Lumley CastleEdit profile
Lumley Castle is a 14th century quadrangular castle at Chester-le-Street in the North of England, near to the city of Durham and a property of the Earl of Scarbrough. It is a Grade I listed building.
It is named for its original creator, Sir Ralph Lumley, who converted his family manor house into a castle in 1389 after returning from wars in Scotland. However, after being implicated in a plot to overthrow Henry IV he was imprisoned and ultimately executed, forfeiting his lands to the Earl of Somerset. In 1421 the ownership of the Castle reverted to Sir Ralph Lumley's grandson, Thomas. By the nineteenth century, the castle had become the residence of the Bishop of Durham, after Bishop Van Mildert gave his residence of Durham Castle to the newly founded University of Durham. The castle thus became a hall of residence for University College, Durham. Castlemen, as the students of University College, Durham were known, spent their first year at Lumley Castle and subsequent years in the Castle at Durham. Lumley Castle was sold in the 1960s by University College to fund the building of the Moatside residential halls in central Durham, in order to keep all students on the same site. The role of Lumley Castle in University College's history is still commemorated by students in the termly 'Lumley Run'.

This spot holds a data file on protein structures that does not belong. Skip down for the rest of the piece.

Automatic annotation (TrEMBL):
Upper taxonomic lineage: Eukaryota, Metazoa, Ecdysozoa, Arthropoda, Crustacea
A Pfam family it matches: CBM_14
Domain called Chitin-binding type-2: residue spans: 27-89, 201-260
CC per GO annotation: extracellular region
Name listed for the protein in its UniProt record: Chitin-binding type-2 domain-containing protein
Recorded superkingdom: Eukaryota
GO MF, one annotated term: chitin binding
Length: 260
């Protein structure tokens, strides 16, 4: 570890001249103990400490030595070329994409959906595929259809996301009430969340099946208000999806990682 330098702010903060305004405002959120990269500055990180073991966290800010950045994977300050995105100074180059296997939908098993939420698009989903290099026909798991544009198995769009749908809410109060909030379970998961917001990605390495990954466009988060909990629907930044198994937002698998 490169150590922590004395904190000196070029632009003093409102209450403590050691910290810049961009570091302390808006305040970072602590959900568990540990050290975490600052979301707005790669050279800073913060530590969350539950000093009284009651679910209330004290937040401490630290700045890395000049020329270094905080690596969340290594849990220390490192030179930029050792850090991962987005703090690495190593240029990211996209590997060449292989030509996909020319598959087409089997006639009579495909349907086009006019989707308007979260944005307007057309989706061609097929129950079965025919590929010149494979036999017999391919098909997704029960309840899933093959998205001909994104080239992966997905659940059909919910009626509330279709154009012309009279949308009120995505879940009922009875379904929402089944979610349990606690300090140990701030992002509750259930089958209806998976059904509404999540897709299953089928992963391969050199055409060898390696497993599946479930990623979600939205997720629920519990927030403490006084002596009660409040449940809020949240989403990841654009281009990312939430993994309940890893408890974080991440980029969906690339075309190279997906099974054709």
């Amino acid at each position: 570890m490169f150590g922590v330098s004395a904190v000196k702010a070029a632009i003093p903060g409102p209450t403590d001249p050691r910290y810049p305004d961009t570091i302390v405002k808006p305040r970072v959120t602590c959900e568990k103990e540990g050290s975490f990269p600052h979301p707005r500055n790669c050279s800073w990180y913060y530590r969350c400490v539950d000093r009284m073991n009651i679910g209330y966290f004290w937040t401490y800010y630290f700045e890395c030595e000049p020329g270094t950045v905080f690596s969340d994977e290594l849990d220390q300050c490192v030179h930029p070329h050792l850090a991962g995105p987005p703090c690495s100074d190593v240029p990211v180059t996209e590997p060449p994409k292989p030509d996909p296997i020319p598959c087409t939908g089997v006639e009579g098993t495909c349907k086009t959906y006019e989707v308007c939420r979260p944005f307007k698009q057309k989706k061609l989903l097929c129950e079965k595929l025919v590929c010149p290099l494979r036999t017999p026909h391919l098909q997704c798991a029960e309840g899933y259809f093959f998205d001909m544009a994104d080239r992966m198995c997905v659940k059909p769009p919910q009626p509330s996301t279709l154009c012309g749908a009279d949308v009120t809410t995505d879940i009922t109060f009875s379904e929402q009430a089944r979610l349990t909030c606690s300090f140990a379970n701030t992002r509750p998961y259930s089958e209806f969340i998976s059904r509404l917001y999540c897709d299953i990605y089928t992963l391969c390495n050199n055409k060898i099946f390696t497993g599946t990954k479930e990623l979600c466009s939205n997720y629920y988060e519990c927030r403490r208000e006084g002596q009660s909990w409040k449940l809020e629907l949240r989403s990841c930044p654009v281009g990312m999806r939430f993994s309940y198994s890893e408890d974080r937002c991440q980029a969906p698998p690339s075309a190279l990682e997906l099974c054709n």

As with any historic location, Lumley Castle has its resident ghost. Lily, Lady Lumley, the wife of Sir Ralph is said to walk the corridors of her former home where she was murdered by local priests and her body dumped in the well, which you can still see today. In 2005, the touring Australian cricket team was said to have been haunted during their stay at Lumley Castle. Shane Watson got so spooked that he slept on the floor of teammate Brett Lee's room. Even the Australia media officer Belinda Dennett said: "Several of the players were uneasy although a lot of them in the morning said they were fine." Australia are not the only cricket team to be spooked by the spectre. In 2000, three members of the West Indian cricket team, including captain Jimmy Adams, checked out of the same hotel because they were scared. These days the medieval atmosphere is enhanced by the staff dressing in period costume.
In 1976, management of the castle was handed over to No Ordinary Hotels (although the property is still in the possession of Lord Scarbrough), who had the castle turned into the 59-bedroomed hotel it is today. It is also a picturesque backdrop for Durham County Cricket Club's Riverside Ground, which was first used in 1995.